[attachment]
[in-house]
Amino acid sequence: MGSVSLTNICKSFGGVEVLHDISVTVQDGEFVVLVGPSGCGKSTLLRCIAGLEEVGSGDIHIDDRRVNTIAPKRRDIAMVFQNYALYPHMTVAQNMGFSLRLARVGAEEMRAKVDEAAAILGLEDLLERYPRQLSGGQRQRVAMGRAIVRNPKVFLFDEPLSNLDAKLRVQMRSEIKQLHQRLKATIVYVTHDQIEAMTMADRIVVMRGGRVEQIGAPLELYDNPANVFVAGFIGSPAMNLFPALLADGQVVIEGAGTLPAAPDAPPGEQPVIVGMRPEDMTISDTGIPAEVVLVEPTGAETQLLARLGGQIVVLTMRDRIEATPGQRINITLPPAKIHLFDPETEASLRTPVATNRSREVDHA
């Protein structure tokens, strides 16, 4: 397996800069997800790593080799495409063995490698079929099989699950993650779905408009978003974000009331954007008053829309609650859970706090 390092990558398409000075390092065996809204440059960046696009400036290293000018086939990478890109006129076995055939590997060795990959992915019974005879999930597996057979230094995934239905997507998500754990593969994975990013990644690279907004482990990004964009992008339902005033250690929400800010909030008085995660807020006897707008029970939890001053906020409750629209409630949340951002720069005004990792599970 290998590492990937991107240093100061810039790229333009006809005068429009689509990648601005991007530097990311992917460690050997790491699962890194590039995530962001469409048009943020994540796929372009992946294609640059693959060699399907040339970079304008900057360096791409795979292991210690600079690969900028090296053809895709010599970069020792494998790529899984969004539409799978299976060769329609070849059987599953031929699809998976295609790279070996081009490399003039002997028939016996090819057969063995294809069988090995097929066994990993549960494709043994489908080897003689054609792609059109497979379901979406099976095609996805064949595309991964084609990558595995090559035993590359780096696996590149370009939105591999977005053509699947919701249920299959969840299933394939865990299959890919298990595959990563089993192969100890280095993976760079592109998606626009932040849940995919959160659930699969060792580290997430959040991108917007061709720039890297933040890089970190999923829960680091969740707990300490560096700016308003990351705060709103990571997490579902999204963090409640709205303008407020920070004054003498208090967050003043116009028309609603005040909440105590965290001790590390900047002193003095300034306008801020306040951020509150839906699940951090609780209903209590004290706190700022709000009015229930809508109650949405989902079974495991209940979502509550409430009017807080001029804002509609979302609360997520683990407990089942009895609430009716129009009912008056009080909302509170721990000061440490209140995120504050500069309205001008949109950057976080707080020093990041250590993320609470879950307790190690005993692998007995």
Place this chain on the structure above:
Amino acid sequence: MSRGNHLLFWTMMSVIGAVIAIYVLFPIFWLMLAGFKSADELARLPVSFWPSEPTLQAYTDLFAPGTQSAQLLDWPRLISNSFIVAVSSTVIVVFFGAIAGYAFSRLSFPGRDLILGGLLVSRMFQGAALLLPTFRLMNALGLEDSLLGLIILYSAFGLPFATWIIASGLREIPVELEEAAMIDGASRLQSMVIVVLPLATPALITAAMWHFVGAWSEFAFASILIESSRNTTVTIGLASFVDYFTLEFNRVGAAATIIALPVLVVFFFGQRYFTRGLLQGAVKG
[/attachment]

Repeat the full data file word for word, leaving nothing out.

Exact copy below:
[in-house]
Amino acid sequence: MGSVSLTNICKSFGGVEVLHDISVTVQDGEFVVLVGPSGCGKSTLLRCIAGLEEVGSGDIHIDDRRVNTIAPKRRDIAMVFQNYALYPHMTVAQNMGFSLRLARVGAEEMRAKVDEAAAILGLEDLLERYPRQLSGGQRQRVAMGRAIVRNPKVFLFDEPLSNLDAKLRVQMRSEIKQLHQRLKATIVYVTHDQIEAMTMADRIVVMRGGRVEQIGAPLELYDNPANVFVAGFIGSPAMNLFPALLADGQVVIEGAGTLPAAPDAPPGEQPVIVGMRPEDMTISDTGIPAEVVLVEPTGAETQLLARLGGQIVVLTMRDRIEATPGQRINITLPPAKIHLFDPETEASLRTPVATNRSREVDHA
């Protein structure tokens, strides 16, 4: 397996800069997800790593080799495409063995490698079929099989699950993650779905408009978003974000009331954007008053829309609650859970706090 390092990558398409000075390092065996809204440059960046696009400036290293000018086939990478890109006129076995055939590997060795990959992915019974005879999930597996057979230094995934239905997507998500754990593969994975990013990644690279907004482990990004964009992008339902005033250690929400800010909030008085995660807020006897707008029970939890001053906020409750629209409630949340951002720069005004990792599970 290998590492990937991107240093100061810039790229333009006809005068429009689509990648601005991007530097990311992917460690050997790491699962890194590039995530962001469409048009943020994540796929372009992946294609640059693959060699399907040339970079304008900057360096791409795979292991210690600079690969900028090296053809895709010599970069020792494998790529899984969004539409799978299976060769329609070849059987599953031929699809998976295609790279070996081009490399003039002997028939016996090819057969063995294809069988090995097929066994990993549960494709043994489908080897003689054609792609059109497979379901979406099976095609996805064949595309991964084609990558595995090559035993590359780096696996590149370009939105591999977005053509699947919701249920299959969840299933394939865990299959890919298990595959990563089993192969100890280095993976760079592109998606626009932040849940995919959160659930699969060792580290997430959040991108917007061709720039890297933040890089970190999923829960680091969740707990300490560096700016308003990351705060709103990571997490579902999204963090409640709205303008407020920070004054003498208090967050003043116009028309609603005040909440105590965290001790590390900047002193003095300034306008801020306040951020509150839906699940951090609780209903209590004290706190700022709000009015229930809508109650949405989902079974495991209940979502509550409430009017807080001029804002509609979302609360997520683990407990089942009895609430009716129009009912008056009080909302509170721990000061440490209140995120504050500069309205001008949109950057976080707080020093990041250590993320609470879950307790190690005993692998007995």
Place this chain on the structure above:
Amino acid sequence: MSRGNHLLFWTMMSVIGAVIAIYVLFPIFWLMLAGFKSADELARLPVSFWPSEPTLQAYTDLFAPGTQSAQLLDWPRLISNSFIVAVSSTVIVVFFGAIAGYAFSRLSFPGRDLILGGLLVSRMFQGAALLLPTFRLMNALGLEDSLLGLIILYSAFGLPFATWIIASGLREIPVELEEAAMIDGASRLQSMVIVVLPLATPALITAAMWHFVGAWSEFAFASILIESSRNTTVTIGLASFVDYFTLEFNRVGAAATIIALPVLVVFFFGQRYFTRGLLQGAVKG